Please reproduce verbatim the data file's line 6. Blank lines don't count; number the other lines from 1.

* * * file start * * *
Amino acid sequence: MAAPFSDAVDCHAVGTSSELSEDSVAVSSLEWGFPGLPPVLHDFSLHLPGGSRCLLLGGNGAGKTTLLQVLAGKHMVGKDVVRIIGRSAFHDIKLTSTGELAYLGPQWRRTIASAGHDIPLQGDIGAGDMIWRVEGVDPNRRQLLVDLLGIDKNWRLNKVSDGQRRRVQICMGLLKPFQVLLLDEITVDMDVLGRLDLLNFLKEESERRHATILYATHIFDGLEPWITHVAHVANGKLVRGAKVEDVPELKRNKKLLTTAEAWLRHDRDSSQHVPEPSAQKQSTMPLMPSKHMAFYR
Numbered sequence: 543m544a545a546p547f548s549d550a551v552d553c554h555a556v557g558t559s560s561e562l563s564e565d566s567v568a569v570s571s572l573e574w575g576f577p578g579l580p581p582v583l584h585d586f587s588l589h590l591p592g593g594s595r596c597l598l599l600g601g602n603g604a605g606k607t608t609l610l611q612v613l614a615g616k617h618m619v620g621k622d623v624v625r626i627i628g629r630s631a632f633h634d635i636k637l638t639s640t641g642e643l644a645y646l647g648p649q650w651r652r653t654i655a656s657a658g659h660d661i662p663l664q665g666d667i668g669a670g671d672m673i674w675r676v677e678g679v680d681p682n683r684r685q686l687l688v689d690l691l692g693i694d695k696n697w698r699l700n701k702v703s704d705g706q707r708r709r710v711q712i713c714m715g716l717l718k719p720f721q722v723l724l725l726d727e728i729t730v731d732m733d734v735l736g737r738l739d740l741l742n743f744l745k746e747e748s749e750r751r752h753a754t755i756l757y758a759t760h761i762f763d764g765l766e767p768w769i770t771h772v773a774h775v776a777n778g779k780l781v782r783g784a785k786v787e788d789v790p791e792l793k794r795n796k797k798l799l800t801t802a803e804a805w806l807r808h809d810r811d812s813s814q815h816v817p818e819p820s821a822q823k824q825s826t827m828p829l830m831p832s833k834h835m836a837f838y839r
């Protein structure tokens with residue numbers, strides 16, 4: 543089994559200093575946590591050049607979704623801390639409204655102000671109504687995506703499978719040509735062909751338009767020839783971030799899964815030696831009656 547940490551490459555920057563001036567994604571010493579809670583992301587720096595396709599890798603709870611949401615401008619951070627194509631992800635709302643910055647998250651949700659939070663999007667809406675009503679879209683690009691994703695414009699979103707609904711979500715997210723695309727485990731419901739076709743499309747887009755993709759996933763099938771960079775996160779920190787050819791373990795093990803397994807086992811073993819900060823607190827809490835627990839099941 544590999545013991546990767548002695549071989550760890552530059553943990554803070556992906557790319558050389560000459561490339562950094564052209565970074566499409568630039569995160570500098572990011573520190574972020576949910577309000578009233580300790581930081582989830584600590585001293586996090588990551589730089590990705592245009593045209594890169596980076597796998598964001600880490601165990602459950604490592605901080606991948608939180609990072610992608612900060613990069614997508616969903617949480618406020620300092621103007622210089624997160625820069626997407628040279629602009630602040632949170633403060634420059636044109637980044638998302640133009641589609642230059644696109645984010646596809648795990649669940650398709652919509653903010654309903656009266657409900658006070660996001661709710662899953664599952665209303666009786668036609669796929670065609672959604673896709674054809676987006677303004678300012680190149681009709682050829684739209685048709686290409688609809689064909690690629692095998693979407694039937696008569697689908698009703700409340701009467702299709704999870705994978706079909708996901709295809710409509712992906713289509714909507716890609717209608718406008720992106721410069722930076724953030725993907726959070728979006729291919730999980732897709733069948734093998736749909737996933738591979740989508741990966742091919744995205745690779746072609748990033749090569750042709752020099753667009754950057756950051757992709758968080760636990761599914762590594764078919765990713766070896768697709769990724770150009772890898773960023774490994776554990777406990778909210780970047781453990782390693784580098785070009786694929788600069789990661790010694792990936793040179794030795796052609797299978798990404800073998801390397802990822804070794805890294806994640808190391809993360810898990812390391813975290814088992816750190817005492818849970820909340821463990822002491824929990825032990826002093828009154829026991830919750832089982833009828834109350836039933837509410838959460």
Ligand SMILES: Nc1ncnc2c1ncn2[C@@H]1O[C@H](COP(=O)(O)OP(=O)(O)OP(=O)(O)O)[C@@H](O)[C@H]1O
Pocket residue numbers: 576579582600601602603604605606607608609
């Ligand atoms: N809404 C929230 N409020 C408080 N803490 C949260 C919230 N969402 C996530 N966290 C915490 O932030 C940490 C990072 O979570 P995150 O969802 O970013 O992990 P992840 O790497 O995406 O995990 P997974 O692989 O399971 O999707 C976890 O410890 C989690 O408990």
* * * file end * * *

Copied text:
């Ligand atoms: N809404 C929230 N409020 C408080 N803490 C949260 C919230 N969402 C996530 N966290 C915490 O932030 C940490 C990072 O979570 P995150 O969802 O970013 O992990 P992840 O790497 O995406 O995990 P997974 O692989 O399971 O999707 C976890 O410890 C989690 O408990």